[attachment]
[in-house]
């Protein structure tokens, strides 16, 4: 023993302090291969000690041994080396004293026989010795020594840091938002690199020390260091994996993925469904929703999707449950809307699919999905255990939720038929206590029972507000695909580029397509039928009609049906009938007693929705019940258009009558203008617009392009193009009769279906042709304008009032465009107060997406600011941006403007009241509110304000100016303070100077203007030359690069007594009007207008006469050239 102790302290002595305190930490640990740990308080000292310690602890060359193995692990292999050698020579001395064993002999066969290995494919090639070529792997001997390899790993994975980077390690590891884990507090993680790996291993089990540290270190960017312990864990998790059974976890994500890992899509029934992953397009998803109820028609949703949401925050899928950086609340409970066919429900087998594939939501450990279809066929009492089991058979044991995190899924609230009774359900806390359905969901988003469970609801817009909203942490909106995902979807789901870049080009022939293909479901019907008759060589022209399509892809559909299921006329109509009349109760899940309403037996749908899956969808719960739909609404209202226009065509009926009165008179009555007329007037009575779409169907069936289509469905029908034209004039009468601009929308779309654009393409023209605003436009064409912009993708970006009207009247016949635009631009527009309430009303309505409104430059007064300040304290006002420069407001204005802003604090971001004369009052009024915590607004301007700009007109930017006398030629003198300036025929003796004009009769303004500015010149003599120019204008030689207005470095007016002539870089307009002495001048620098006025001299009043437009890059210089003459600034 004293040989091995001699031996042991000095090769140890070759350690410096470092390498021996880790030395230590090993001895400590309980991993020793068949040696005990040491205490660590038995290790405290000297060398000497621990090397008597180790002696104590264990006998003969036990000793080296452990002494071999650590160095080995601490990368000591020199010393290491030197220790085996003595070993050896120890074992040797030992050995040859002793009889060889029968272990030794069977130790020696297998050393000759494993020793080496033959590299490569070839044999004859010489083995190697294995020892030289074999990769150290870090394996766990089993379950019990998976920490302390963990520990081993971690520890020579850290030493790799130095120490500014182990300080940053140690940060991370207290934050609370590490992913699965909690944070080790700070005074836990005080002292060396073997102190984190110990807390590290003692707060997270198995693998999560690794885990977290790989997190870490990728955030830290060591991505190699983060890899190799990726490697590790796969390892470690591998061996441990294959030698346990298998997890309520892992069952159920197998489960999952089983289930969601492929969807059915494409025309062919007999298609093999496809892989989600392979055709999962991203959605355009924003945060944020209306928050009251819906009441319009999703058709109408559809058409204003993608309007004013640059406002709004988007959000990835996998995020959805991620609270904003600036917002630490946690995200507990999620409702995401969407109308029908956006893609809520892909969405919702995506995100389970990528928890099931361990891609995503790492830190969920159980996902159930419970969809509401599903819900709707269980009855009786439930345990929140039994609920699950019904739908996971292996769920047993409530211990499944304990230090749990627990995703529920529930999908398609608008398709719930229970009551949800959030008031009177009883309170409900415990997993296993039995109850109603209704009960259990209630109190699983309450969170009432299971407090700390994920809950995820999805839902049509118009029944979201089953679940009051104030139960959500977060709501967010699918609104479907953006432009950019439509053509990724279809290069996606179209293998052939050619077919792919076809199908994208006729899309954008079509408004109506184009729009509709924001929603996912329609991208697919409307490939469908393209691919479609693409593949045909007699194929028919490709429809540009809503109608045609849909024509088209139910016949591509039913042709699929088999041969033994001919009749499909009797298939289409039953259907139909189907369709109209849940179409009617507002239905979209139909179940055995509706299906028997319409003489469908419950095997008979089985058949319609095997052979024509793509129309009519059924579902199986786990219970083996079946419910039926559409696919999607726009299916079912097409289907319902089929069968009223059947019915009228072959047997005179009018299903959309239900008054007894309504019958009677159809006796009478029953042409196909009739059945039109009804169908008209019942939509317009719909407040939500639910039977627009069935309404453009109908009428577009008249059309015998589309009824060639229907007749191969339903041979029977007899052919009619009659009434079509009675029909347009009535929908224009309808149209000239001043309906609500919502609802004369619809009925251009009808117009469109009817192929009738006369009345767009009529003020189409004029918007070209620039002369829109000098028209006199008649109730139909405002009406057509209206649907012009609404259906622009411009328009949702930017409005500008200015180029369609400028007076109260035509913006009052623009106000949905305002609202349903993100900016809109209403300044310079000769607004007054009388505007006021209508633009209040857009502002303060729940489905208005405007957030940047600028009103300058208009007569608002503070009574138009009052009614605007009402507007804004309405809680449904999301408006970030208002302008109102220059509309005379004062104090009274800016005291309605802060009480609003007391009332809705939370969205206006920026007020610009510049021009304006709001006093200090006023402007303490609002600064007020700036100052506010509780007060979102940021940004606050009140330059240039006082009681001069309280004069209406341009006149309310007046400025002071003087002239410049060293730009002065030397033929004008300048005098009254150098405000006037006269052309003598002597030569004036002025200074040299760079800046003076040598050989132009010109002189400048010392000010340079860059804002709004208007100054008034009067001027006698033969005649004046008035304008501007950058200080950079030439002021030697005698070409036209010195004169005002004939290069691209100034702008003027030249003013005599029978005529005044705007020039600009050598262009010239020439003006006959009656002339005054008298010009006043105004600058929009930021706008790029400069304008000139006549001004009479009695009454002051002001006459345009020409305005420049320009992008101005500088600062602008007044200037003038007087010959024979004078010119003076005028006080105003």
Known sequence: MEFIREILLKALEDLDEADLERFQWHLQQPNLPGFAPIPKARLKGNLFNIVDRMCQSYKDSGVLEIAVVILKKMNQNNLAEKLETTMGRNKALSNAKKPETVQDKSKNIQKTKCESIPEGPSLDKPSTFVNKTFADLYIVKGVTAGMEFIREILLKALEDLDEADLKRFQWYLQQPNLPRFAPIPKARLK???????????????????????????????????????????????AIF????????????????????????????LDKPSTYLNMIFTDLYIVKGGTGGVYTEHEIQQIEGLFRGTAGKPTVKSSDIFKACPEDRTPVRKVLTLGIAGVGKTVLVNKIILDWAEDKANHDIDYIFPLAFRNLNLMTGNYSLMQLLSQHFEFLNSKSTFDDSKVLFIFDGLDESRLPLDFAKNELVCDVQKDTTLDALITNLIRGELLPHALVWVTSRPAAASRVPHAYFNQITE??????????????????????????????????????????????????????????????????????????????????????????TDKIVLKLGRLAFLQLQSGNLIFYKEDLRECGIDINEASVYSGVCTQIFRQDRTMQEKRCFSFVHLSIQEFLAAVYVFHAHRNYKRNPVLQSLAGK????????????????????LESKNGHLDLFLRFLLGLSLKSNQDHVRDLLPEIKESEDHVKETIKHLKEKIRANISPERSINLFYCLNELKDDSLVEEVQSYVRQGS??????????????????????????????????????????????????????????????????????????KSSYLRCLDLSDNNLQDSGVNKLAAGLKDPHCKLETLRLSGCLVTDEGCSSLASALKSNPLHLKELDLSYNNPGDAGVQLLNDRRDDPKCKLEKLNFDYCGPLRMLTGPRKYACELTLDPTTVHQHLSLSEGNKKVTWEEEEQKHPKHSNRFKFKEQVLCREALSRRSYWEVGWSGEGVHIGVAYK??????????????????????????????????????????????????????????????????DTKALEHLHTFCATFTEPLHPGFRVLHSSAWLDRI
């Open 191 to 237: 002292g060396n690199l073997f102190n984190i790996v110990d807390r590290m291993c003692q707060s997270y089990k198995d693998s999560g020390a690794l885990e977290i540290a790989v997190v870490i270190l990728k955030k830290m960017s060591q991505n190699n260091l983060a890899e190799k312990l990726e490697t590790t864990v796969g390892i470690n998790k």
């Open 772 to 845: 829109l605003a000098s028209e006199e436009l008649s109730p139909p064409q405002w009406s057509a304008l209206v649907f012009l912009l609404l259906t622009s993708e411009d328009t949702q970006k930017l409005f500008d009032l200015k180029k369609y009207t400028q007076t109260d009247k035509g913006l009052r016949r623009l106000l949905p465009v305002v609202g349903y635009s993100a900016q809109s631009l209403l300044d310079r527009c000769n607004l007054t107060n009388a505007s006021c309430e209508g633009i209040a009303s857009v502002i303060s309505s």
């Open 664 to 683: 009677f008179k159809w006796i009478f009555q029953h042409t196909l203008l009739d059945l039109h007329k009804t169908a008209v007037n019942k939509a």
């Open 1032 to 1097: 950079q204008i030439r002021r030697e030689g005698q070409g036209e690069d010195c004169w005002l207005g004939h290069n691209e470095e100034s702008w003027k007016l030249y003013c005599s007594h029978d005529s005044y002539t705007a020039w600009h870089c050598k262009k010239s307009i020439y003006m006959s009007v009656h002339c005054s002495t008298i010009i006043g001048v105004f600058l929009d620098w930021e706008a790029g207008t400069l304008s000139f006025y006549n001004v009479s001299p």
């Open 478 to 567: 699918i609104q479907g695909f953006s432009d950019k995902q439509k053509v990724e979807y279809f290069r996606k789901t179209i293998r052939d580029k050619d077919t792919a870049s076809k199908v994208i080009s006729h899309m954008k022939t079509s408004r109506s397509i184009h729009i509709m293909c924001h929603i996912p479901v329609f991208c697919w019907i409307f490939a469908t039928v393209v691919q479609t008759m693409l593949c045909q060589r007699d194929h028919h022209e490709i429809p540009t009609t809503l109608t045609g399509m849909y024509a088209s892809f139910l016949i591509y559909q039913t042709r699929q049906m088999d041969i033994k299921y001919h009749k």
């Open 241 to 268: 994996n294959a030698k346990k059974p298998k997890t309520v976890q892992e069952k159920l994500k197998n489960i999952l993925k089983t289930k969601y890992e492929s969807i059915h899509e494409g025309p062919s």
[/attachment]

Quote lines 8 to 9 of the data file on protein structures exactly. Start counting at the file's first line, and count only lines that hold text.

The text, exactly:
């Open 478 to 567: 699918i609104q479907g695909f953006s432009d950019k995902q439509k053509v990724e979807y279809f290069r996606k789901t179209i293998r052939d580029k050619d077919t792919a870049s076809k199908v994208i080009s006729h899309m954008k022939t079509s408004r109506s397509i184009h729009i509709m293909c924001h929603i996912p479901v329609f991208c697919w019907i409307f490939a469908t039928v393209v691919q479609t008759m693409l593949c045909q060589r007699d194929h028919h022209e490709i429809p540009t009609t809503l109608t045609g399509m849909y024509a088209s892809f139910l016949i591509y559909q039913t042709r699929q049906m088999d041969i033994k299921y001919h009749k």
């Open 241 to 268: 994996n294959a030698k346990k059974p298998k997890t309520v976890q892992e069952k159920l994500k197998n489960i999952l993925k089983t289930k969601y890992e492929s969807i059915h899509e494409g025309p062919s």